Keeping them simple means paring down and prioritizing the detail. Think about composing your stories in this 3-3-3 format:
3 sentences describing the situation;
3 sentences revealing the dramatic tension (e.g. something unexpected, complications, competing factors); and
3 sentences outlining the resolution, which should help you tie back – in that punch line kind of a way – to the point you were illustrating.
And finally, be sure to cue your audience when you’re beginning and ending a story. For those in the audience who might not be paying close attention, you have the opportunity to reignite interest with your own appropriate versions of “Once upon a time” and “The end” – those timeless story cues that signal the open and close of something special.
When a colleague or friend asks you for feedback on a presentation, do you find yourself glossing over the truth? Do you offer actual constructive criticism, or do you hold back in favor of sparing the speaker’s feelings? Maybe you’re not sure exactly what to say or how to say it?
I think we’ve all been in this position at least once. It’s easy to give kudos when a speaker does a spectacular job, but more often than not, there’s something we saw or heard that could have been better. What we say and how we say it often depends on our relationship to the speaker – friend, colleague, or even boss.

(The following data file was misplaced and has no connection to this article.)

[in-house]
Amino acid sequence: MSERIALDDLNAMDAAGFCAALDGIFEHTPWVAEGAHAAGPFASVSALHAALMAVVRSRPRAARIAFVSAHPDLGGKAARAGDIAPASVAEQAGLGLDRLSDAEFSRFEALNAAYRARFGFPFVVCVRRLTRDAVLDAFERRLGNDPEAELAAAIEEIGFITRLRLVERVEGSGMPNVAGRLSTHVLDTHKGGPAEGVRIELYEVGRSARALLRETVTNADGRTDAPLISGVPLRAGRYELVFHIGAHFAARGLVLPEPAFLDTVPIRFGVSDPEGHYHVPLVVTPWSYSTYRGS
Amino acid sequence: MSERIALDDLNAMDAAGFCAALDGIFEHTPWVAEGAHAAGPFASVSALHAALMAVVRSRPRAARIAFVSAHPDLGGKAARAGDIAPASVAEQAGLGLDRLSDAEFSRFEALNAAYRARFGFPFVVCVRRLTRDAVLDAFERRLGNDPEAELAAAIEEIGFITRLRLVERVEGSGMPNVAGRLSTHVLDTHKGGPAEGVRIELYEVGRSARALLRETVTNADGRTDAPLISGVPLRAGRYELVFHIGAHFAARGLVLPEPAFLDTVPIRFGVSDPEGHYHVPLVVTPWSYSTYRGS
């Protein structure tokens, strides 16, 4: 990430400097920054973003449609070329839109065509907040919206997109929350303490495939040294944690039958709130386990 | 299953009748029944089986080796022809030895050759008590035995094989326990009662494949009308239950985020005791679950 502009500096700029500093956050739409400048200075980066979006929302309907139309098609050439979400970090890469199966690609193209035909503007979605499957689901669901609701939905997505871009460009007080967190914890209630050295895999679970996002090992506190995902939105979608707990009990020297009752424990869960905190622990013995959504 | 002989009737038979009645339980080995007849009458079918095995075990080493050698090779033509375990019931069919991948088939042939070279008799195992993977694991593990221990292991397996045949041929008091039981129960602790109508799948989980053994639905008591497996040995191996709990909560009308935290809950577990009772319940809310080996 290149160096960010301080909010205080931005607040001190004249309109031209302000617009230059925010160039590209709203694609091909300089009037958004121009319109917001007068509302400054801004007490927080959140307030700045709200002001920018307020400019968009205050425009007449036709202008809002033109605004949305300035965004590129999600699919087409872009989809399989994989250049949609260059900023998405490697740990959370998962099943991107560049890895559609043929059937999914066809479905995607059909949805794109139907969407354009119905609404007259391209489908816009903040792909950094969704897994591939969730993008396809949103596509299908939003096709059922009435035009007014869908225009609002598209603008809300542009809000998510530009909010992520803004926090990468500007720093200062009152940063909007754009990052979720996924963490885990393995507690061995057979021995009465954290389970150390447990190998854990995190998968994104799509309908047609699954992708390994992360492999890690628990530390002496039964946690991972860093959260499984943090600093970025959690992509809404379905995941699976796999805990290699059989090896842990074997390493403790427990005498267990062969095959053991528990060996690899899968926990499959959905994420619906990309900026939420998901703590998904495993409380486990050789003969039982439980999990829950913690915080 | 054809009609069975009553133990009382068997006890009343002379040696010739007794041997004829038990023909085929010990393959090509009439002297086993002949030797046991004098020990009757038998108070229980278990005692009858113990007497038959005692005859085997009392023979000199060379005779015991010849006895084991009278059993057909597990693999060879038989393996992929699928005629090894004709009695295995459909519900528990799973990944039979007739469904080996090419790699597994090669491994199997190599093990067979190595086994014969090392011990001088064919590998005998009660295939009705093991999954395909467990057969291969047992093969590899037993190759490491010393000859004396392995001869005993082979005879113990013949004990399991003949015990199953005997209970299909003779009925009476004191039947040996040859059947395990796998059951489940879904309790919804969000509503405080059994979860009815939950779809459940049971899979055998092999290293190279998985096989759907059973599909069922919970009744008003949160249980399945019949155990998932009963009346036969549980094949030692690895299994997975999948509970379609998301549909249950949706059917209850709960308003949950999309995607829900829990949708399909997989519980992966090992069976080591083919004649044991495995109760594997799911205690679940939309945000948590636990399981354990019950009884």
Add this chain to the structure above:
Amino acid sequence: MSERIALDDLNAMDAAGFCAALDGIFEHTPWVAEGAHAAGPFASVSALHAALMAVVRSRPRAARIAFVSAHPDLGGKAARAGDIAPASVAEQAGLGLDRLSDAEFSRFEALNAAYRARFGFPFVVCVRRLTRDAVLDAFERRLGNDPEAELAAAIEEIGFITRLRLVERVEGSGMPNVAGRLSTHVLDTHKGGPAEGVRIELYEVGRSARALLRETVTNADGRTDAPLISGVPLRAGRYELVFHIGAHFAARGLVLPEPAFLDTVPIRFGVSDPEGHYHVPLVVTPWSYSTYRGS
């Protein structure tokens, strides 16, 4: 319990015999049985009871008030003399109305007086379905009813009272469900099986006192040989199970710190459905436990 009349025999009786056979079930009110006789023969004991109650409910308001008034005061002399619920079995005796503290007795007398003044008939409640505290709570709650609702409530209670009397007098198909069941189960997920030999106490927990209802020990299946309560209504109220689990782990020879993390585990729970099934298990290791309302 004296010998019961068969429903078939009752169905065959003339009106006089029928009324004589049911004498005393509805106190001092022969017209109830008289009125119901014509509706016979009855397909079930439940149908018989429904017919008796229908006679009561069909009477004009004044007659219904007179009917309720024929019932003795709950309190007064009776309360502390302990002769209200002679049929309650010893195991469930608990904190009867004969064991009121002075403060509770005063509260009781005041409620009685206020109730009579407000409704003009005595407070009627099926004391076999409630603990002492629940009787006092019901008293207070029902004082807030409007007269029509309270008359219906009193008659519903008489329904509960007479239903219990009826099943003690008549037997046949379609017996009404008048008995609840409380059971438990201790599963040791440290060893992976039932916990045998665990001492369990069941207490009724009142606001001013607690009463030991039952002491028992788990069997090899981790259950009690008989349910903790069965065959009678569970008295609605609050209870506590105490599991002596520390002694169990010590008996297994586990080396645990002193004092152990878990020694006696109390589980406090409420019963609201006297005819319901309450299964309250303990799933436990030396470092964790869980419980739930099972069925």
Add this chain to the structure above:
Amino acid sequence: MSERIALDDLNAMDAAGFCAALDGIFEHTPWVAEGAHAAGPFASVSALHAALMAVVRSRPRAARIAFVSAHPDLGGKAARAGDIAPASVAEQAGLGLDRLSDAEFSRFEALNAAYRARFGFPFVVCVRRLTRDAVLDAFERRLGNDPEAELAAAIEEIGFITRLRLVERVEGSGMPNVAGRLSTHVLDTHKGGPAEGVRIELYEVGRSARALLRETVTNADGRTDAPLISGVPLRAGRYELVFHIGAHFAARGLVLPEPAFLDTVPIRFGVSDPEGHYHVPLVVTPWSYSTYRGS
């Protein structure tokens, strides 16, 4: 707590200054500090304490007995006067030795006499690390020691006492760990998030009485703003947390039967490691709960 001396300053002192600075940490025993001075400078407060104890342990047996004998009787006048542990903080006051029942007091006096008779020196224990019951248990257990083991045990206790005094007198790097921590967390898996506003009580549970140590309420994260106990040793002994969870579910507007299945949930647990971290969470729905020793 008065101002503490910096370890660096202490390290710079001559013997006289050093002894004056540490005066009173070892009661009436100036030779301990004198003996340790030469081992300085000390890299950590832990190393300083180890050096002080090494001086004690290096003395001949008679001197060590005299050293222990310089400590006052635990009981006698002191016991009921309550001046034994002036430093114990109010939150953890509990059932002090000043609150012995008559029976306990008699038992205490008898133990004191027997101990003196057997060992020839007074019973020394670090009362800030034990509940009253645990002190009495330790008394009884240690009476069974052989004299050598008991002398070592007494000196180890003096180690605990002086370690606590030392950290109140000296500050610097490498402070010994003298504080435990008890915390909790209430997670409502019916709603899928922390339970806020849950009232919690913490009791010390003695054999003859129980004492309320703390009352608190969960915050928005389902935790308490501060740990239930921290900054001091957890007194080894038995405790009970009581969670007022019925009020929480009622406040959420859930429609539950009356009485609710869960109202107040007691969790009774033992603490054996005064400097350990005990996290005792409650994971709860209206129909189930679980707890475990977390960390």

Regardless of the relationship, below is a two-step approach to giving constructive feedback.
1. Decide who you are.
You might begin your feedback with either of these two options:
As your colleague/friend, I …
As an audience member, I …
Depending on what you want to tell them, you can be their colleague/friend, or you can distance yourself a little bit and talk about your observation or experience as an audience member.
As “colleague/friend,” you’re more likely to soft-pedal things a little and mix in what you liked with what you didn’t like so much. That’s perfectly okay as long as you’re truthful.
As “audience member,” you’re able to serve up the harder feedback from the more objective vantage point of being a general audience member versus speaking solely for yourself.
2. Make it specific.
Rather than “Well, that wasn’t your best, I’ve seen you deliver that presentation better” or “You were great up there, loved it,” think about feedback that drives toward specifics the speaker can use to improve their presentation. For example, consider these:
My mind started to drift right around …
I was hoping you would have …
I understood X, but wasn’t sure where Y fit in …
I loved the story you told, but I wasn’t sure what point it supported …
You really had me when you started talking about …
I noticed people nodding with you when you …
I was with you until …
The reality is that being a good speaker and presenter is a journey. Like with any good journey, speakers need guidance and company along the way. As the one giving the feedback, you don’t want to be insincere and offer flattery for a mediocre presentation, nor do you want to tell someone they completely blew it. Instead, share specifics the speaker can use to learn from, fix or enhance. At the end of the day, you were probably “with them until …” and even that alone would be helpful for the speaker to know!
This Olympic year, more than any other, our Team USA athletes are under intense pressure.